And then you taught yourself and you now have two machines?
I got my machine in the beginning of March 2010 and I cut my first master which was a Cleveland band The New Lou Reeds at the end of June 2010. It took me about two months to figure out what I needed to get work out the door. I’ve honed the skill over the last three years and I’ve probably cut over 3,000 records over that time.  I do this for Gotta Groove and some guys out of Nashville. And, one of the cooler things I do now is through a relationship I have with Concord Music Group who owns the rights to Rounder Records, Fantasy Records and Stax Records. Just today I was working on a Stax record with Booker T. of Booker T. and the M.G.s that will be a new release on the Stax label.

You have a jukebox and a turntable, so you obviously buy records. Have you bought one you cut?
I do have some in my collection. One that we thought was funny, because it was supposed to be funny, was a guy from Dayton named Joe Tritschler. He had us cut his album from tape instead of digital and it turned out really well and I wanted a copy to show people the potential of an all-analog release. I have never been as much of a new record buyer as a used record buyer because I go to flea markets and used record stores; I am kind of a chiseler by nature. But I will go to local record stores to support them and I’ll buy new releases from Alejandro Escovedo, The Sadies or Tom Waits.

What are some of the more interesting albums you’ve worked on and did you gain a new appreciation for them by working on the material in this way?
I got to work on a Johnny Cash reissue. It wasn’t what you’d consider prime period Johnny Cash; it was made in the ‘80s. But what was really interesting to me about it was that it was produced by Nick Lowe at a time when he was married to Johnny Cash’s daughter which is interesting if you’re a Johnny Cash nerd. I got to cut a reissue by a famous band called Rockpile, which was Nick Lowe and Dave Edmunds and they only ever put out the one record; it was called Seconds of Pleasure. Willie Nelson’s last record I got to do and the cool thing about that is that the company requested I cut the record. Willie Nelson’s contract stipulates that all his stuff has to go through United, which is down in Nashville, but someone I work with insisted that I do the cutting because they like the work that I do.

In terms of stuff that maybe I hadn’t heard that I now have an appreciation for because it came across my desk, there was an extensive reissue of a catalogue of a band called The Residents. They are an odd band that is famous for wearing these giant eyeballs on their heads.  They are very experimental, avant-garde band. They made a record and agreed not to release it till everyone forgot about it and that just came out like three years ago. Their stuff is really pushing the edge of experimental soundscapes and it’s something that I wouldn’t normally be into but those records, by working on them, I gained an appreciation for and really learned to enjoy.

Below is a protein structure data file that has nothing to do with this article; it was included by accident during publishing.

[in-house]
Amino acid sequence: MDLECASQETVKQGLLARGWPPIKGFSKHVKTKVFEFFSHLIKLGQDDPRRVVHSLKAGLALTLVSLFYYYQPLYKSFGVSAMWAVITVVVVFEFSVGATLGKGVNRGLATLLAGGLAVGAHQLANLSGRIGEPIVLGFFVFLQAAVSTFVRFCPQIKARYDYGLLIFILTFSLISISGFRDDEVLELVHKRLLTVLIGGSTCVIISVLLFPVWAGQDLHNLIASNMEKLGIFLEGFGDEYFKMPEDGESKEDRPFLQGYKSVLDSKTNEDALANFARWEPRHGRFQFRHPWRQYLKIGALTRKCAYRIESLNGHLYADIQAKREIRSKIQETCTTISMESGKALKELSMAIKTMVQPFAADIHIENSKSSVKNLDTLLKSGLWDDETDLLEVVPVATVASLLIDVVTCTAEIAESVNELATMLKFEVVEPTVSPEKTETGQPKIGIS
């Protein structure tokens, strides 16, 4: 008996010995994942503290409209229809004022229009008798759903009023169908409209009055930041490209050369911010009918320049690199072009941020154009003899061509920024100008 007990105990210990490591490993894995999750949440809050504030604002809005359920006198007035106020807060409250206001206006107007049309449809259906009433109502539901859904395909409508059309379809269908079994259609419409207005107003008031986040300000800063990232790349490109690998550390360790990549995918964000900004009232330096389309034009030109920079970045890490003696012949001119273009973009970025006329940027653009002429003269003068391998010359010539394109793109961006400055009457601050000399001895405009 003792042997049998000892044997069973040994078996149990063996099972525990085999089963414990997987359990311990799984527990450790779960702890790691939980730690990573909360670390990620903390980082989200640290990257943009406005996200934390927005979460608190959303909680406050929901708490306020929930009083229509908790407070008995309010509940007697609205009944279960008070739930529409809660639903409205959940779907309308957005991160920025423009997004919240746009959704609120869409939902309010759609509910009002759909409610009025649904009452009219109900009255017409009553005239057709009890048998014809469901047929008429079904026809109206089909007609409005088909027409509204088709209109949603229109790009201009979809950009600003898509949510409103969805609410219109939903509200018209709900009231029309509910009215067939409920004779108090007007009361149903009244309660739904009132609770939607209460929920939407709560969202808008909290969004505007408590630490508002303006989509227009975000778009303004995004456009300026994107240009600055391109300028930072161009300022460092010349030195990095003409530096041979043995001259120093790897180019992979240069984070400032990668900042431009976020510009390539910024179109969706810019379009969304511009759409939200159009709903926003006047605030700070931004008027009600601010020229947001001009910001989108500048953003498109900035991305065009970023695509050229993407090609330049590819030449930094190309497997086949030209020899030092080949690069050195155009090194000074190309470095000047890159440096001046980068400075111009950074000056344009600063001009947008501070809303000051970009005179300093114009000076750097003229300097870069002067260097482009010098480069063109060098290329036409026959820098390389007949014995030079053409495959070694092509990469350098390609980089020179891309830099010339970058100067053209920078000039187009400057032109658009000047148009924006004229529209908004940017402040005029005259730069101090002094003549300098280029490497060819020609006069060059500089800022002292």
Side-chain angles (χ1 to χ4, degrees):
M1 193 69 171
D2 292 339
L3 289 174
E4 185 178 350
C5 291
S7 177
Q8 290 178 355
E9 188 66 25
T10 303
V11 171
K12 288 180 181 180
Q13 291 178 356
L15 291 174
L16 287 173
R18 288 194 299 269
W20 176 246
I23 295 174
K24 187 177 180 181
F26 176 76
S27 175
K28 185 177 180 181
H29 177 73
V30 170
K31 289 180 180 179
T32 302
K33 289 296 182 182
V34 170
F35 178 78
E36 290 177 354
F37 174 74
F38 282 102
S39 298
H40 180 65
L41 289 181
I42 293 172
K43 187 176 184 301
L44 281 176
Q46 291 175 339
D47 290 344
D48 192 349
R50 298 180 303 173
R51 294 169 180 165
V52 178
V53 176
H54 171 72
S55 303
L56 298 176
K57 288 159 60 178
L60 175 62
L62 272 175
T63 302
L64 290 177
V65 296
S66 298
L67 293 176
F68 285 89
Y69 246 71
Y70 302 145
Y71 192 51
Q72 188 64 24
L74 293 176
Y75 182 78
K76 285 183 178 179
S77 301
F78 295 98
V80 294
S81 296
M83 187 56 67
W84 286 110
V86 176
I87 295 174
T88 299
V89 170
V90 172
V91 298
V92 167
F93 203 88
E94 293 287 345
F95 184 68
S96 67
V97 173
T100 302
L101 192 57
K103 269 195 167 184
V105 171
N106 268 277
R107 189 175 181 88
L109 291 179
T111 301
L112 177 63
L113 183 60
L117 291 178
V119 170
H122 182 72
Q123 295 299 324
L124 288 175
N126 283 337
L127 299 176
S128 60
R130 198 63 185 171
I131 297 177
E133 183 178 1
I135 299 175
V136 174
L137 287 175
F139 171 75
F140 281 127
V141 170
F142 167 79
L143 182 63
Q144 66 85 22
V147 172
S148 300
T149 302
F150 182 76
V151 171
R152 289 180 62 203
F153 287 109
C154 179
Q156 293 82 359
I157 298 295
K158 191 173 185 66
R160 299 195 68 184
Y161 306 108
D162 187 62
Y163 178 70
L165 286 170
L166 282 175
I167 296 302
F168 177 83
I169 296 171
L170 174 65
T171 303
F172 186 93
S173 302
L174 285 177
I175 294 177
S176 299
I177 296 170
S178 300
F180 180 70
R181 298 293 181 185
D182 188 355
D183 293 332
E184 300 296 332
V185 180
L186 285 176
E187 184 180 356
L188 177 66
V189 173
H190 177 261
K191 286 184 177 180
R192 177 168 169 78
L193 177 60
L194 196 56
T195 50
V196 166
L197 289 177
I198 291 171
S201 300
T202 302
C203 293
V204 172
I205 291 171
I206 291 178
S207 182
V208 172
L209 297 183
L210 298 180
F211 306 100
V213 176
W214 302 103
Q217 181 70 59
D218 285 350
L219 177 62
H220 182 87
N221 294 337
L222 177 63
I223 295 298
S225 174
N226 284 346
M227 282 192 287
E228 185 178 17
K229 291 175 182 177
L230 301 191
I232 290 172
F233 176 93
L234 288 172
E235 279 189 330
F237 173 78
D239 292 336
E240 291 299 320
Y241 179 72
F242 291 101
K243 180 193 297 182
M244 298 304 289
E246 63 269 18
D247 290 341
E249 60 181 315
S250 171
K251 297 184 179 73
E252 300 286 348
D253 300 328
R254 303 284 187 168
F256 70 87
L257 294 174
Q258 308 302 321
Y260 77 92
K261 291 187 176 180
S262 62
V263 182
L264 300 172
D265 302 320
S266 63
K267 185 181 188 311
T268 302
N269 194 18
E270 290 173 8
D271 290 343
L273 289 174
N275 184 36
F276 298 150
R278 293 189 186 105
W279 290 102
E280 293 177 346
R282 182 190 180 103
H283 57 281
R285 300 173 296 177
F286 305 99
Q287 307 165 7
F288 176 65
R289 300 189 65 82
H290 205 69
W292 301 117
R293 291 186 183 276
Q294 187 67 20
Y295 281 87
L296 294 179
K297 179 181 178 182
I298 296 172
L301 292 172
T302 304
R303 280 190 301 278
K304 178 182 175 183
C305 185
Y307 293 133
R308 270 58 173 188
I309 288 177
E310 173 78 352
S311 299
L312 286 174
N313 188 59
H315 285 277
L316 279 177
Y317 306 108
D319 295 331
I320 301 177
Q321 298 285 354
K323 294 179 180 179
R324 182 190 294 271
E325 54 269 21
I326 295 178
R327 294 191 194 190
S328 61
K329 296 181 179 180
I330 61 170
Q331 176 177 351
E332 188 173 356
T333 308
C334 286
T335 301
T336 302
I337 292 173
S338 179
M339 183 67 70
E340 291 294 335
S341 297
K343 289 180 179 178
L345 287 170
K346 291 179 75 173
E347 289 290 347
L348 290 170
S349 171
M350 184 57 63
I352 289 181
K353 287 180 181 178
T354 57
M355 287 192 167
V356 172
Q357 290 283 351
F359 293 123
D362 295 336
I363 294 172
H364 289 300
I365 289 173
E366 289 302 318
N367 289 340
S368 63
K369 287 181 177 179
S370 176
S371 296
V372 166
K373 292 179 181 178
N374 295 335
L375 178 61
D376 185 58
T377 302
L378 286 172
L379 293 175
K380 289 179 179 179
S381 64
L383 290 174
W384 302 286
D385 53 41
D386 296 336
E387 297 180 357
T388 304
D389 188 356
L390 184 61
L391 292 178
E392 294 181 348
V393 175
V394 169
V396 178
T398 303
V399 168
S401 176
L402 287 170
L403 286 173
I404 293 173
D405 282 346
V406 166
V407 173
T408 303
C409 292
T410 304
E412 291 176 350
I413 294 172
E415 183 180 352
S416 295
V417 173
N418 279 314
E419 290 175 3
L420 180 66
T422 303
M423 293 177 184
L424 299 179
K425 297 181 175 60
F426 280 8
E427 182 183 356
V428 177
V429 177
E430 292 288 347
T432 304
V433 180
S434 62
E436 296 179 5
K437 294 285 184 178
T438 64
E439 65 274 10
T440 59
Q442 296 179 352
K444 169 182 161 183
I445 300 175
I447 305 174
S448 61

Vinyl is never going to be the mainstream format again like it was pre-1980s, but I think the niche, which had gotten very small at one point with just metal, techno and some hip-hop, is much bigger.

How long do you think this popular fascination with vinyl albums can last?
No one has a really good answer for that. I recently had a conversation with Gotta Groove people about this because I have to make decisions on how I am going to work based on how busy they’re going to be. One of the things they pointed out that I thought was really interesting was that sales of high-end turntables and playback gear is on the rise. If you spend the money to buy something that is higher end rather than a $99 turntable with a USB connection for your computer, it seems like you’re making a commitment to the format for a longer period of time. That’s a positive thing; it says there is always going to be some market for this stuff. Vinyl is never going to be the mainstream format again like it was pre-1980s, but I think the niche, which had gotten very small at one point with just metal, techno and some hip-hop, is much bigger. I don’t think it will explode into the mainstream, though it has leapt into the mainstream a bit. I watch Pawn Stars, for example, and they ran an episode recently where they dug out all the vinyl to put it on display because it is popular again. And, if you watch commercials, vinyl records appear in advertising a lot more now. It’s simmering under the surface as maybe a pop culture type of thing, but I think it’ll be around for a while.